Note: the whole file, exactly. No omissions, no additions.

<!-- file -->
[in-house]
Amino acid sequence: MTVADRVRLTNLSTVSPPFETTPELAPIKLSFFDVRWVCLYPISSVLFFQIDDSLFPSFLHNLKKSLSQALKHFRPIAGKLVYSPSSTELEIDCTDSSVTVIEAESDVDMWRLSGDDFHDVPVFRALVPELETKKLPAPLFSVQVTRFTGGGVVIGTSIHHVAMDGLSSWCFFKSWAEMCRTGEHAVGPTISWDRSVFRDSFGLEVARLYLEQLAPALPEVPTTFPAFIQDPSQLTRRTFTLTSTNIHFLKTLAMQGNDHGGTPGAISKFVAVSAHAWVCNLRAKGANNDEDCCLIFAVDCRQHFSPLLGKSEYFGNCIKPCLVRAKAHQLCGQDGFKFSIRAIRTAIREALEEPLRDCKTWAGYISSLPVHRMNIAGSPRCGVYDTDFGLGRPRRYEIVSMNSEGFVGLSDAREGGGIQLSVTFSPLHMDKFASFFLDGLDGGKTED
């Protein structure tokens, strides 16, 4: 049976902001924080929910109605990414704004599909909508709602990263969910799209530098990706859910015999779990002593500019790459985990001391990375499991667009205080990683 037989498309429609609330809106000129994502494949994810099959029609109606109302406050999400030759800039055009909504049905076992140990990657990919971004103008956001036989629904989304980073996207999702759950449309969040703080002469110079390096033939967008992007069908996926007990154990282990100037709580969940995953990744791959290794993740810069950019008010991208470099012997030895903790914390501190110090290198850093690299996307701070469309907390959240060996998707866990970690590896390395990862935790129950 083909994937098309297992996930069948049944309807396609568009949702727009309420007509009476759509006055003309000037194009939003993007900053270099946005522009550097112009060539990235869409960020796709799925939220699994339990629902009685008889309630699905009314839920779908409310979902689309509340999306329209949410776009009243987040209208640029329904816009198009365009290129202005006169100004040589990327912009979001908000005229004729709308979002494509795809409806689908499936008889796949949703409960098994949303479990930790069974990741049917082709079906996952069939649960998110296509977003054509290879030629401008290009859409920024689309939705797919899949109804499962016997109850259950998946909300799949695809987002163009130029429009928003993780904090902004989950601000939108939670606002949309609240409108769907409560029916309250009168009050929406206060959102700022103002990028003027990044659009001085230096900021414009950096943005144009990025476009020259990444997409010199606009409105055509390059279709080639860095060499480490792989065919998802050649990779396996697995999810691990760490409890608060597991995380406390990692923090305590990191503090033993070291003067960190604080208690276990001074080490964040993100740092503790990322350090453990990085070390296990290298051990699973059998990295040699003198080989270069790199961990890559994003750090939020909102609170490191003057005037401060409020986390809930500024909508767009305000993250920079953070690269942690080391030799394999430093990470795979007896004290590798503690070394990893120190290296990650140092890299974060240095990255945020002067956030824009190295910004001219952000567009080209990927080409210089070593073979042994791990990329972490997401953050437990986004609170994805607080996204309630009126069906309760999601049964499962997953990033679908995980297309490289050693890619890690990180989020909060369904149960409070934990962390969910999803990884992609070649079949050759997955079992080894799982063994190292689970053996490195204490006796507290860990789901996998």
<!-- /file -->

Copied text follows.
[in-house]
Amino acid sequence: MTVADRVRLTNLSTVSPPFETTPELAPIKLSFFDVRWVCLYPISSVLFFQIDDSLFPSFLHNLKKSLSQALKHFRPIAGKLVYSPSSTELEIDCTDSSVTVIEAESDVDMWRLSGDDFHDVPVFRALVPELETKKLPAPLFSVQVTRFTGGGVVIGTSIHHVAMDGLSSWCFFKSWAEMCRTGEHAVGPTISWDRSVFRDSFGLEVARLYLEQLAPALPEVPTTFPAFIQDPSQLTRRTFTLTSTNIHFLKTLAMQGNDHGGTPGAISKFVAVSAHAWVCNLRAKGANNDEDCCLIFAVDCRQHFSPLLGKSEYFGNCIKPCLVRAKAHQLCGQDGFKFSIRAIRTAIREALEEPLRDCKTWAGYISSLPVHRMNIAGSPRCGVYDTDFGLGRPRRYEIVSMNSEGFVGLSDAREGGGIQLSVTFSPLHMDKFASFFLDGLDGGKTED
């Protein structure tokens, strides 16, 4: 049976902001924080929910109605990414704004599909909508709602990263969910799209530098990706859910015999779990002593500019790459985990001391990375499991667009205080990683 037989498309429609609330809106000129994502494949994810099959029609109606109302406050999400030759800039055009909504049905076992140990990657990919971004103008956001036989629904989304980073996207999702759950449309969040703080002469110079390096033939967008992007069908996926007990154990282990100037709580969940995953990744791959290794993740810069950019008010991208470099012997030895903790914390501190110090290198850093690299996307701070469309907390959240060996998707866990970690590896390395990862935790129950 083909994937098309297992996930069948049944309807396609568009949702727009309420007509009476759509006055003309000037194009939003993007900053270099946005522009550097112009060539990235869409960020796709799925939220699994339990629902009685008889309630699905009314839920779908409310979902689309509340999306329209949410776009009243987040209208640029329904816009198009365009290129202005006169100004040589990327912009979001908000005229004729709308979002494509795809409806689908499936008889796949949703409960098994949303479990930790069974990741049917082709079906996952069939649960998110296509977003054509290879030629401008290009859409920024689309939705797919899949109804499962016997109850259950998946909300799949695809987002163009130029429009928003993780904090902004989950601000939108939670606002949309609240409108769907409560029916309250009168009050929406206060959102700022103002990028003027990044659009001085230096900021414009950096943005144009990025476009020259990444997409010199606009409105055509390059279709080639860095060499480490792989065919998802050649990779396996697995999810691990760490409890608060597991995380406390990692923090305590990191503090033993070291003067960190604080208690276990001074080490964040993100740092503790990322350090453990990085070390296990290298051990699973059998990295040699003198080989270069790199961990890559994003750090939020909102609170490191003057005037401060409020986390809930500024909508767009305000993250920079953070690269942690080391030799394999430093990470795979007896004290590798503690070394990893120190290296990650140092890299974060240095990255945020002067956030824009190295910004001219952000567009080209990927080409210089070593073979042994791990990329972490997401953050437990986004609170994805607080996204309630009126069906309760999601049964499962997953990033679908995980297309490289050693890619890690990180989020909060369904149960409070934990962390969910999803990884992609070649079949050759997955079992080894799982063994190292689970053996490195204490006796507290860990789901996998």